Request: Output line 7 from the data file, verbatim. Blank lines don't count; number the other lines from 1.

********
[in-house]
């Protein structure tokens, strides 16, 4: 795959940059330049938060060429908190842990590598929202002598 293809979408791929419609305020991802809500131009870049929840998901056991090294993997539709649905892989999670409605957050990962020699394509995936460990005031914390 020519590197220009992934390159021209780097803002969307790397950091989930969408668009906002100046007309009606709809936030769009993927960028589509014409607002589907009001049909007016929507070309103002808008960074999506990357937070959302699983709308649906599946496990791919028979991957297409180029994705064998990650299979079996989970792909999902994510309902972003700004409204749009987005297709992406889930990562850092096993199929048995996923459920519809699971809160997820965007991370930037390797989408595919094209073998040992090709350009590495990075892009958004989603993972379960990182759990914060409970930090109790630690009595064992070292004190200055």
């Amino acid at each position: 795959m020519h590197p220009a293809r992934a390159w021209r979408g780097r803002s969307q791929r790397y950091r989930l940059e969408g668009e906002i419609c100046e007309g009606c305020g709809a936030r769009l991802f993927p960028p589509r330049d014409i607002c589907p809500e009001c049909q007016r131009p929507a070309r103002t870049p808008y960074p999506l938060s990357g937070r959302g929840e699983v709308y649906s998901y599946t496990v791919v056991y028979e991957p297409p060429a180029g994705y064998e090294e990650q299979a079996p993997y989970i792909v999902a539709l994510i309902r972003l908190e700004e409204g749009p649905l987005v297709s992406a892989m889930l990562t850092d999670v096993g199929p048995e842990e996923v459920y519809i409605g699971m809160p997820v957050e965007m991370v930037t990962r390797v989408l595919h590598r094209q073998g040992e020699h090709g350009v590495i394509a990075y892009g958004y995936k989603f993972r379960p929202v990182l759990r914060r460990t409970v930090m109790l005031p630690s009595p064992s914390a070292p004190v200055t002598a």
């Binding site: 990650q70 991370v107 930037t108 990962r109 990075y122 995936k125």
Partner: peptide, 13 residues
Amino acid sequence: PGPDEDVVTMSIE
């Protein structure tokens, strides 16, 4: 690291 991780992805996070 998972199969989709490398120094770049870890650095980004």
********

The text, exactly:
């Protein structure tokens, strides 16, 4: 690291 991780992805996070 998972199969989709490398120094770049870890650095980004």